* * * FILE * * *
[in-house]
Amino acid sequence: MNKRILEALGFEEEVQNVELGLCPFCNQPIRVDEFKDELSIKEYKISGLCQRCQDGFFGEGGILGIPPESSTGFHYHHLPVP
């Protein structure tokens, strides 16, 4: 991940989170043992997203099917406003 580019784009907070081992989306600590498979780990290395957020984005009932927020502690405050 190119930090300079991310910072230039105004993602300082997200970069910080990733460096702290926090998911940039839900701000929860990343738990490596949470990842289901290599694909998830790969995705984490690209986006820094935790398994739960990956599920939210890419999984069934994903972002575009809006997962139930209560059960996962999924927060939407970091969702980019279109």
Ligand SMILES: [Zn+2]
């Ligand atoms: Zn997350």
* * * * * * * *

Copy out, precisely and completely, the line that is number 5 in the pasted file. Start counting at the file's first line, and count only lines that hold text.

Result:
């Ligand atoms: Zn997350």